This week, the debate over network neutrality has taken the blogosphere by storm. And, of course, such debates are key for communication that takes place over the net in the first place, considering how important current congressional debates are to the way the Internet works.
The House will decide today whether to allow debate on the floor about abandoning the principle of network neutrality in favor of allowing access providers the chance to favor some sites over others. The rhetoric is strong on this side, led by phone companies, who argue that certain sites use up more bandwidth and that they currently have to treat all types of sites similarly, or neutral, which is an unfair burden on their ability to conduct business.
Some are making a deregulationist argument on grounds of true capitalism to support the phone companies, saying that companies should be allowed to get a piece of the action when it comes to providing access to one site over another.
For someone with a fairly strong libertarian bent, the argument would be appealing if it weren't so obvious how heavily this line of thinking encroaches on the content providers that drive the Internet. After all, the phone companies and cable companies that provide everyone internet access would not have much of a business if it weren't for iTunes and Google and the other forces that cause people to want to surf the net in the first place. Obviously, content providers have a lot to lose if bidding begins for access providers to begin giving more bandwidth to some sites to another, and consumer rights groups are lobbying Congress as well.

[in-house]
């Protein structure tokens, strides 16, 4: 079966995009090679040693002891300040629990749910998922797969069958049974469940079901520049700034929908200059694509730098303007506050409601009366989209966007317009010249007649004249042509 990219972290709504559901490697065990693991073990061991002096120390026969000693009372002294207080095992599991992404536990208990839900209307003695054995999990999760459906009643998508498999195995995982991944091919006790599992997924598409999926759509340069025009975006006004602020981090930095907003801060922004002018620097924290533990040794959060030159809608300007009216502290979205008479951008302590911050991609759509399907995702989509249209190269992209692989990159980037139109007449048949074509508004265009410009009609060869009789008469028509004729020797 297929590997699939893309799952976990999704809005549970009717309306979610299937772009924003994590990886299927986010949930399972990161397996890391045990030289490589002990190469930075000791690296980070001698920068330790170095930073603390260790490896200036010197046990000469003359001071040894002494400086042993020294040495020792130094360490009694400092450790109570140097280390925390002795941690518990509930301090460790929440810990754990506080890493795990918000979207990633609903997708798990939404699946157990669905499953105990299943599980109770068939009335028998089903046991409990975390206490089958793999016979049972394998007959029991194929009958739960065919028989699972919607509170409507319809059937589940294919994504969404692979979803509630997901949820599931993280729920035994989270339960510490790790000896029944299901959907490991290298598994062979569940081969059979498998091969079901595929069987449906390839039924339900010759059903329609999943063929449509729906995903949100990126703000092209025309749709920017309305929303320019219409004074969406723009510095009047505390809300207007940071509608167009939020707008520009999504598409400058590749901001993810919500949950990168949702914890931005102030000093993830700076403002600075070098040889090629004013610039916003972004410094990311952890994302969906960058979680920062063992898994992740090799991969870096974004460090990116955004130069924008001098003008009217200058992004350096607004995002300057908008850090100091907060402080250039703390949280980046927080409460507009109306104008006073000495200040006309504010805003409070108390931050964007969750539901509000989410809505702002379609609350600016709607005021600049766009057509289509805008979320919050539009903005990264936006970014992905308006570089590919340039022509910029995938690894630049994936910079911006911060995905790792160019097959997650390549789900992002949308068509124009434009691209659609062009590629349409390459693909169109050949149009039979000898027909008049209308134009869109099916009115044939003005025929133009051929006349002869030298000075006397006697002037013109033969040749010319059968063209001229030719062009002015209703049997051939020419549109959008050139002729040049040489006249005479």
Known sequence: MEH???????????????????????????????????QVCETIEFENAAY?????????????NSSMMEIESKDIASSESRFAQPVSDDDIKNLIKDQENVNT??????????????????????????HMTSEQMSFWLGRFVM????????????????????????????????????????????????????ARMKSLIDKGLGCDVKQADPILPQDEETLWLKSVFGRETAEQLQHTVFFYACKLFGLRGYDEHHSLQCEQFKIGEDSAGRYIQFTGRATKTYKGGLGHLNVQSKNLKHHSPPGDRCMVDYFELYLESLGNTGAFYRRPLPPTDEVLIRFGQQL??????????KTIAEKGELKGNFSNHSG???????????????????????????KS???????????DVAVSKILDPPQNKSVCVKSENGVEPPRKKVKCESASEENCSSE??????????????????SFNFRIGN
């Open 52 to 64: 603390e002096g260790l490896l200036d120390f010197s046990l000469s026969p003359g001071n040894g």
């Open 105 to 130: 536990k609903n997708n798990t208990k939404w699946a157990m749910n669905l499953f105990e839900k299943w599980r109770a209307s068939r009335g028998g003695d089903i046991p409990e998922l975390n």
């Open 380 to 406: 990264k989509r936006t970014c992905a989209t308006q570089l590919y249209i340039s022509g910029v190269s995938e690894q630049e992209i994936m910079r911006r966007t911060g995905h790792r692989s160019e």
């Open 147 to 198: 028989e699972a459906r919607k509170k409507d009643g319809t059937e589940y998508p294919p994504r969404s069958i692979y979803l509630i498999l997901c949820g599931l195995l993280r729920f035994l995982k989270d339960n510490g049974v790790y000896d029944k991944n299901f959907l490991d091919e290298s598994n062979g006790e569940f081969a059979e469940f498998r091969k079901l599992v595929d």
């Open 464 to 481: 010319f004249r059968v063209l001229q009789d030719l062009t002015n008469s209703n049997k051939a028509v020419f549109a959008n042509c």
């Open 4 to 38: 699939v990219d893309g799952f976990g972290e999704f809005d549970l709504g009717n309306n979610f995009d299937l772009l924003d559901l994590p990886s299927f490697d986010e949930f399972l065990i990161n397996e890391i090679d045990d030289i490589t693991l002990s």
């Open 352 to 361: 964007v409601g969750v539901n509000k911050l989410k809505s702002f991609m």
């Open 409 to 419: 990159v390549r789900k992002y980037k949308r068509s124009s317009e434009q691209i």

When something termed "deregulation" instead leads to barriers for a free market, we get into dangerous territory. Net neutrality, as it stands, has allowed a free market to flourish online and has fueled new industry giants and new forms of competition that are unparalleled. All of our debates about transmedia, the power of new providers like iTunes and Urge, and the move toward BitTorrent are all dependent on a neutral battling ground. And it's not like access providers are hurting at this point.
But where does this leave media giants like Time-Warner who are simultaneously involved in both distribution and content? I referenced Erick Schonfeld's recommendations for Time-Warner in a previous blog post. Schonfeld recommends that Time-Warner step into a role solely as content provider and out of a mindset of access provider or distributor, particularly in the AOL branch.
With the divide between Internet access providers and Internet content providers growing greater over this current "network neutrality debate," his words may be growing even more appropriate.
If the proposals make it to the House floor, a vote could come by the end of this week.